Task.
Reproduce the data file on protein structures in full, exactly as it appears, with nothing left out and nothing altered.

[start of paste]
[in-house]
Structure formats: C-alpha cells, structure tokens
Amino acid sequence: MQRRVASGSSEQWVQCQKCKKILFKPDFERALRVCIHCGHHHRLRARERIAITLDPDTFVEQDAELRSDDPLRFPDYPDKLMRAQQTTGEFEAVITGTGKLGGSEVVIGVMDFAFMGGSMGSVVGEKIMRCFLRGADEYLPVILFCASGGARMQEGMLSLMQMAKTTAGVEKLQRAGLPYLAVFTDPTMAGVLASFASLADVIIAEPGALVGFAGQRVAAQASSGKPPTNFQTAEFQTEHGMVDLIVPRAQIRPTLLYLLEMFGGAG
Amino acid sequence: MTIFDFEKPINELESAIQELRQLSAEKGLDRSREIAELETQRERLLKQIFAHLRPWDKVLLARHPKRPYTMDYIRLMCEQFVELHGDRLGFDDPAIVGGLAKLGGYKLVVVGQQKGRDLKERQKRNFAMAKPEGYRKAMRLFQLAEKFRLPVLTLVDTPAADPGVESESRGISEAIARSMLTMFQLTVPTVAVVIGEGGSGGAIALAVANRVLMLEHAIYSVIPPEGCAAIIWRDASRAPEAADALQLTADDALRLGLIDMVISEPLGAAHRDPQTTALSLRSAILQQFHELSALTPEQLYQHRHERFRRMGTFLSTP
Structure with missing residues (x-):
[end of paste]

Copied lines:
[in-house]
Structure formats: C-alpha cells, structure tokens
Amino acid sequence: MQRRVASGSSEQWVQCQKCKKILFKPDFERALRVCIHCGHHHRLRARERIAITLDPDTFVEQDAELRSDDPLRFPDYPDKLMRAQQTTGEFEAVITGTGKLGGSEVVIGVMDFAFMGGSMGSVVGEKIMRCFLRGADEYLPVILFCASGGARMQEGMLSLMQMAKTTAGVEKLQRAGLPYLAVFTDPTMAGVLASFASLADVIIAEPGALVGFAGQRVAAQASSGKPPTNFQTAEFQTEHGMVDLIVPRAQIRPTLLYLLEMFGGAG
Amino acid sequence: MTIFDFEKPINELESAIQELRQLSAEKGLDRSREIAELETQRERLLKQIFAHLRPWDKVLLARHPKRPYTMDYIRLMCEQFVELHGDRLGFDDPAIVGGLAKLGGYKLVVVGQQKGRDLKERQKRNFAMAKPEGYRKAMRLFQLAEKFRLPVLTLVDTPAADPGVESESRGISEAIARSMLTMFQLTVPTVAVVIGEGGSGGAIALAVANRVLMLEHAIYSVIPPEGCAAIIWRDASRAPEAADALQLTADDALRLGLIDMVISEPLGAAHRDPQTTALSLRSAILQQFHELSALTPEQLYQHRHERFRRMGTFLSTP
Structure with missing residues (x-):